Health, Innovation & Privacy Seminar

This course will focus on the uses (and misuses) of health information compiled about patients, insureds, research subjects, physicians, hospitals, and populations. Medical privacy law has focused on assuring the privacy, security, and accuracy of medical data. The post-ACA landscape will include more concern about balancing privacy, innovation, access, and cost-control. Artificial intelligence, robotics, apps, and other advanced information technology has raised a number of new questions. Add to all this a constantly shifting landscape of middlemen and insurers, and the health information law & policy landscape is an extraordinarily complex one. This course introduces the health information landscape through both traditional readings and more innovative exercises (such as compilation of legal doctrinal "best practices," presentations, and other learning outcomes). It aims to provide a comprehensive perspective on the legal regulation of health information creation, distribution, anlaysis, and use. Beyond HIPAA and HITECH regulation, consumer protection law plays an important role in these fields. Patients are opting to personalize their health records with the help of cloud computing firms; what law governs this digital migration? There is increasing concern about the role of "incidental findings" in medical research and practice; how will regulators and professional groups address them? When employers demand access to employee health records, in what ways can they use them to profile the employee? The course will also examine the legal aspects of data portability, integrity, and accuracy. We will examine pharmaceutical companies' past and present strategies regarding the disclosure of their research, including non-publication of adverse results and ghostwriting of positive outcomes. Will a "reproducible research" movement, popular in the hard sciences, reach pharmaceutical firms? After covering provider data, we turn to insurer data, including trade-secret protection of prices paid to hospitals, conflicts over the interpretation of disclosure requirements in the ACA, and state regulation of insurer-run doctor-rating sites. Quality improvement and pilot programs will also be discussed. The course will emphasize creative, critical thinking about using state and federal law and regulation to advance clients' interests and the public interest.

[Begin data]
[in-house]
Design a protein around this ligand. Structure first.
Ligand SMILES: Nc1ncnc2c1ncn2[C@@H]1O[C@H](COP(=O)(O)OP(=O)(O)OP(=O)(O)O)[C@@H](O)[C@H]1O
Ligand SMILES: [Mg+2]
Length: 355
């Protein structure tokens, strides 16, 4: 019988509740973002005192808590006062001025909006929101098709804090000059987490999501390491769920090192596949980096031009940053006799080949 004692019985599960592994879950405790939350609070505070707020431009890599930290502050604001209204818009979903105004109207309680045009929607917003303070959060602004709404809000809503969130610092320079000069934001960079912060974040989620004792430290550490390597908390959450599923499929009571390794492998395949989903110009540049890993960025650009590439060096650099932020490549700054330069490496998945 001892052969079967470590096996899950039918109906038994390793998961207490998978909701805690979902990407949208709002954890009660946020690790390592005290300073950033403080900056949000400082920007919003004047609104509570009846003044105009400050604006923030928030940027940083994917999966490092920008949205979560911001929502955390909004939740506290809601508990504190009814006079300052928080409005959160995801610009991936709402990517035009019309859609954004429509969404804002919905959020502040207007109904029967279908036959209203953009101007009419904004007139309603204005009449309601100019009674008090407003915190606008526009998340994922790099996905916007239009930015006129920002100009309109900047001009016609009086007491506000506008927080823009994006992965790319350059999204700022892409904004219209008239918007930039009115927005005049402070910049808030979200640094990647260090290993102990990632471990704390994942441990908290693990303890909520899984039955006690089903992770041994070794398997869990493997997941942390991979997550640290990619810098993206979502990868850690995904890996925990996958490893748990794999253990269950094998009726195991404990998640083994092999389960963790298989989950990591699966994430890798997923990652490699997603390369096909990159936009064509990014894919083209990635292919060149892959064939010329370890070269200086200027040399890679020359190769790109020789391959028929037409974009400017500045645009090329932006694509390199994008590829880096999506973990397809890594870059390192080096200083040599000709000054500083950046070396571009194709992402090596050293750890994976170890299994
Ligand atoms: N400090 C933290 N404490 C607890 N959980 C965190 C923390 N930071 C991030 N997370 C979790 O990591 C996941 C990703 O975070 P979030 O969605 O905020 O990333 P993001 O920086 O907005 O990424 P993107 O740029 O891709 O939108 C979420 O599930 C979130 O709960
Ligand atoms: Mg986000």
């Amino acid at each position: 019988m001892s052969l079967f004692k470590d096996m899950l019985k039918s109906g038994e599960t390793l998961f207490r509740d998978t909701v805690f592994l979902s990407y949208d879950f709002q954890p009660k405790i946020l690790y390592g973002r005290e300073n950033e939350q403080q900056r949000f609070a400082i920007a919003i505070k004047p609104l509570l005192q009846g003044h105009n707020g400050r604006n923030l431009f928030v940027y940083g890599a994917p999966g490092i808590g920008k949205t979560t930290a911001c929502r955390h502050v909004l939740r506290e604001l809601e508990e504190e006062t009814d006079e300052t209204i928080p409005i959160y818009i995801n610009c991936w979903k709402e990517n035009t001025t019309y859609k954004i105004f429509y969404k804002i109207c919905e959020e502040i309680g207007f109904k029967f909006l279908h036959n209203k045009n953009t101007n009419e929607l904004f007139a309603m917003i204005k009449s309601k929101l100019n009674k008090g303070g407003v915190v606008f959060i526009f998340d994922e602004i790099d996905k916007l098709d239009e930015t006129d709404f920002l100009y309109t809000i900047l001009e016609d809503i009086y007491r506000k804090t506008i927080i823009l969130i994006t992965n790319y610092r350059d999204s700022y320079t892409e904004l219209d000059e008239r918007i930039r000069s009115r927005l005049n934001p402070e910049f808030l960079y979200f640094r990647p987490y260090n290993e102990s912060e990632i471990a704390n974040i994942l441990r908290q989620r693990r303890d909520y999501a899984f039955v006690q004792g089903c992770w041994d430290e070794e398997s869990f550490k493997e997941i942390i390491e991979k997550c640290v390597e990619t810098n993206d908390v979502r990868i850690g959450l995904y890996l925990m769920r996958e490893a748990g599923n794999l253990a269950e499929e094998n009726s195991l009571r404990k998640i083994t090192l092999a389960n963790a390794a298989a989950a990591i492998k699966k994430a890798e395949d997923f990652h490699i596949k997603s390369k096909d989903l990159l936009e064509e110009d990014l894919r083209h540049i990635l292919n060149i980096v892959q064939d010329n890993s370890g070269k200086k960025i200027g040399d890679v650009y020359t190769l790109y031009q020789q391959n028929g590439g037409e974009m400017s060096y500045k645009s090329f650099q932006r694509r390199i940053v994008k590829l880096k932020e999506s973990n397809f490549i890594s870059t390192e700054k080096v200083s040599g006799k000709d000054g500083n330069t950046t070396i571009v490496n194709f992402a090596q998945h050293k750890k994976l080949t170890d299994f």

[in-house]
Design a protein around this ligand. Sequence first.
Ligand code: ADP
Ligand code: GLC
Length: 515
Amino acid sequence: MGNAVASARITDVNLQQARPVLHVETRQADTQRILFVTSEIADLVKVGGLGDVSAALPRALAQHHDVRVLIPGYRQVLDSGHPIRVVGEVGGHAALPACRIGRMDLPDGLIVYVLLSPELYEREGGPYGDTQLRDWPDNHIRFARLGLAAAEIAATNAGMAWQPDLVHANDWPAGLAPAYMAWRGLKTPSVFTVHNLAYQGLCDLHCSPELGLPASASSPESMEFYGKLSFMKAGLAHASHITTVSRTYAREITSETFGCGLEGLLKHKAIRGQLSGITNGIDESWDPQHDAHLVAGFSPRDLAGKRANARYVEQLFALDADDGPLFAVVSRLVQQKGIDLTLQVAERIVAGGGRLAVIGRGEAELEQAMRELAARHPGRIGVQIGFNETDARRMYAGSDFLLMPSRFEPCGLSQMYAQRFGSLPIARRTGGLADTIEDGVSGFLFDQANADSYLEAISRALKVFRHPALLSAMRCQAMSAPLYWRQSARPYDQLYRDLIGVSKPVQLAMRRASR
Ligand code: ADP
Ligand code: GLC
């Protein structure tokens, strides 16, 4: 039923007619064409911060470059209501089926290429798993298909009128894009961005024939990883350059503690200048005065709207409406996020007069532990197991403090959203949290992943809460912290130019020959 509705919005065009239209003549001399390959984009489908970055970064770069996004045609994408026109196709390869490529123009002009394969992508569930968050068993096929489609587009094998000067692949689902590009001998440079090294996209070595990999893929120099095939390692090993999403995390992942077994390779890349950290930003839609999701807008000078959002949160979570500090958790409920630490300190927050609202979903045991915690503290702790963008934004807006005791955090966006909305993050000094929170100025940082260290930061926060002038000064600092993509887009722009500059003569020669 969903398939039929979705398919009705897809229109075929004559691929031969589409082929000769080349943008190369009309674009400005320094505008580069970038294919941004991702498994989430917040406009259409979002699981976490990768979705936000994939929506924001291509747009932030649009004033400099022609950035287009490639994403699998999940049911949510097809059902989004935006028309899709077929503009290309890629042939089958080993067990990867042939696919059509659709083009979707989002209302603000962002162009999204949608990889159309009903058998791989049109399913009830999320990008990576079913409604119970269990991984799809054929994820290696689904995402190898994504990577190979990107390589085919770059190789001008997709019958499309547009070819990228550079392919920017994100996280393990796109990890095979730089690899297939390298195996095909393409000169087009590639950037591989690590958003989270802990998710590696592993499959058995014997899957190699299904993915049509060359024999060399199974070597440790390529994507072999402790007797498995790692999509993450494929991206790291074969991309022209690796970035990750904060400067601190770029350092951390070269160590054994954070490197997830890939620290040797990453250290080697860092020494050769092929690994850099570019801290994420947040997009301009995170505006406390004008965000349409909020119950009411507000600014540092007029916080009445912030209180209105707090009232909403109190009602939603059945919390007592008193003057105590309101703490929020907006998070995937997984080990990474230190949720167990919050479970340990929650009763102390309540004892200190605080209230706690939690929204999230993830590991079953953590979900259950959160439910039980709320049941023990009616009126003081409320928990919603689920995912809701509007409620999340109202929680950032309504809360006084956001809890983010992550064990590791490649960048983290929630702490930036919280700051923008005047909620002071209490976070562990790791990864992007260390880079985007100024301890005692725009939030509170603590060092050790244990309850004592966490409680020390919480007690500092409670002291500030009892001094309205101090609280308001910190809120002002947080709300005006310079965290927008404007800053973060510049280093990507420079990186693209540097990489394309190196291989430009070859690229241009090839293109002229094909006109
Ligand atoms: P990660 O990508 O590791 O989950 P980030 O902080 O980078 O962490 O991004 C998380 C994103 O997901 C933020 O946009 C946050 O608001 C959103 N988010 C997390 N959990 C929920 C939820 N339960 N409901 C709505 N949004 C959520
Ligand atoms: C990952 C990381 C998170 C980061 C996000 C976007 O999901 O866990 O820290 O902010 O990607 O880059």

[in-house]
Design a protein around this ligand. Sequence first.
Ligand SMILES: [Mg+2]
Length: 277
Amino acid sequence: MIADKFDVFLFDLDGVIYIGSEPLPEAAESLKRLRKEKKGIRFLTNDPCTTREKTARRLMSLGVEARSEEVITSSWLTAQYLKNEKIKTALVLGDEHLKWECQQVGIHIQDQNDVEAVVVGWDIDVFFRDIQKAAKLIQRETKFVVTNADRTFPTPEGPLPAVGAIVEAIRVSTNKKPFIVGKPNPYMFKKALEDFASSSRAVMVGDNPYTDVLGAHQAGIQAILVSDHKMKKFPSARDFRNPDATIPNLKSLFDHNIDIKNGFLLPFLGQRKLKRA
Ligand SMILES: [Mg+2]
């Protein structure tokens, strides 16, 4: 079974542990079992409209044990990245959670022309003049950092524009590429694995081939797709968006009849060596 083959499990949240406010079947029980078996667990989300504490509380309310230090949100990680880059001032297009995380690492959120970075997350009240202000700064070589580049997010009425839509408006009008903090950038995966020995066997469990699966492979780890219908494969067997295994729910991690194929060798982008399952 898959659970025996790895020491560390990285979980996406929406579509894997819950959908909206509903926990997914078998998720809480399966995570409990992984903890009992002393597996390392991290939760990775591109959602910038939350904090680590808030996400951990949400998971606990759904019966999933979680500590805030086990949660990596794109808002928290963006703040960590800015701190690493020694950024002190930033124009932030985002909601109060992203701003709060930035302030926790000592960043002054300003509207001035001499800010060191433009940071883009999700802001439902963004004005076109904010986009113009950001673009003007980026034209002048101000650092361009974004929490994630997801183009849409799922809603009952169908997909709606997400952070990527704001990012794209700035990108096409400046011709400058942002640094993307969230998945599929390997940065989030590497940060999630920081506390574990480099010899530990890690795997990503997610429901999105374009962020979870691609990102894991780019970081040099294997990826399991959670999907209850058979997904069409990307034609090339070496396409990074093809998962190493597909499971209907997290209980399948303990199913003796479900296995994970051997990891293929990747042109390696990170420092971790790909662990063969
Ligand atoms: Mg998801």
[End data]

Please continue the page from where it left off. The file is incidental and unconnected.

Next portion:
Grading and Method of Evaluation:
Paper that can be used to satisfy the Upper Class Writing Requirment.